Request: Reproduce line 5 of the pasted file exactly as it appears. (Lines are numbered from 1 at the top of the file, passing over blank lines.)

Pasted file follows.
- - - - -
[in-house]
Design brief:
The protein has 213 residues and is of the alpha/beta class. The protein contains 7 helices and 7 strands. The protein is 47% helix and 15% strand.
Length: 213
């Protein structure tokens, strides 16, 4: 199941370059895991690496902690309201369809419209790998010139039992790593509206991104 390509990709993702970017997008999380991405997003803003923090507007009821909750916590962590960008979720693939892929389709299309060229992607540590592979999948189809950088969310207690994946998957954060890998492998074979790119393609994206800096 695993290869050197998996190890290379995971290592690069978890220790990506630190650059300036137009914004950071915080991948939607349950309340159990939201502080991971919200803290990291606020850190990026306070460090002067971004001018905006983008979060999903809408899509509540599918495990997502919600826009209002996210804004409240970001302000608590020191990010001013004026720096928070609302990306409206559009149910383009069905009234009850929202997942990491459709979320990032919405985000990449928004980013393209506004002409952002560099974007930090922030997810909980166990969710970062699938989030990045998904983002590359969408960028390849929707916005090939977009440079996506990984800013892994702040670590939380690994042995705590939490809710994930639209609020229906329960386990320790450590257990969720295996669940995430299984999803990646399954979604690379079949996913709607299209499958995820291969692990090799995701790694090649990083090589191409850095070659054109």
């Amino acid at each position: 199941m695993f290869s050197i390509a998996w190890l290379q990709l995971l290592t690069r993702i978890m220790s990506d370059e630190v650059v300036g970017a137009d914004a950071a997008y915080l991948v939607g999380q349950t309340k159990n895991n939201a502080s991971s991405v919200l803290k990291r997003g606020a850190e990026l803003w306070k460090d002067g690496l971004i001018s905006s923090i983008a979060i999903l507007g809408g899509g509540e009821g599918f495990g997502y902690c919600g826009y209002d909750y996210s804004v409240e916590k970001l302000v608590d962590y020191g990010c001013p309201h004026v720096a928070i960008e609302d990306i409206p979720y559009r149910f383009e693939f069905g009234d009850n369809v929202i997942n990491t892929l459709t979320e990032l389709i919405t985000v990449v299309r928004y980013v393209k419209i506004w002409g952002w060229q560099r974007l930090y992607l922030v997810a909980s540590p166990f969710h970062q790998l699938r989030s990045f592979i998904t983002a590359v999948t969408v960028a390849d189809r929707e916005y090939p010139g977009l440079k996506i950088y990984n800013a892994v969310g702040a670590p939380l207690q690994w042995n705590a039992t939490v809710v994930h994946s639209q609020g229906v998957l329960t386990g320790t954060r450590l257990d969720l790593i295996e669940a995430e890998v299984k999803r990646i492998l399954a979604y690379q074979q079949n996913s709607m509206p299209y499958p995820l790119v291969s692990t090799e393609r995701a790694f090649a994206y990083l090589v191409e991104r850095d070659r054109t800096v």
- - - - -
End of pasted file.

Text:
């Protein structure tokens, strides 16, 4: 199941370059895991690496902690309201369809419209790998010139039992790593509206991104 390509990709993702970017997008999380991405997003803003923090507007009821909750916590962590960008979720693939892929389709299309060229992607540590592979999948189809950088969310207690994946998957954060890998492998074979790119393609994206800096 695993290869050197998996190890290379995971290592690069978890220790990506630190650059300036137009914004950071915080991948939607349950309340159990939201502080991971919200803290990291606020850190990026306070460090002067971004001018905006983008979060999903809408899509509540599918495990997502919600826009209002996210804004409240970001302000608590020191990010001013004026720096928070609302990306409206559009149910383009069905009234009850929202997942990491459709979320990032919405985000990449928004980013393209506004002409952002560099974007930090922030997810909980166990969710970062699938989030990045998904983002590359969408960028390849929707916005090939977009440079996506990984800013892994702040670590939380690994042995705590939490809710994930639209609020229906329960386990320790450590257990969720295996669940995430299984999803990646399954979604690379079949996913709607299209499958995820291969692990090799995701790694090649990083090589191409850095070659054109």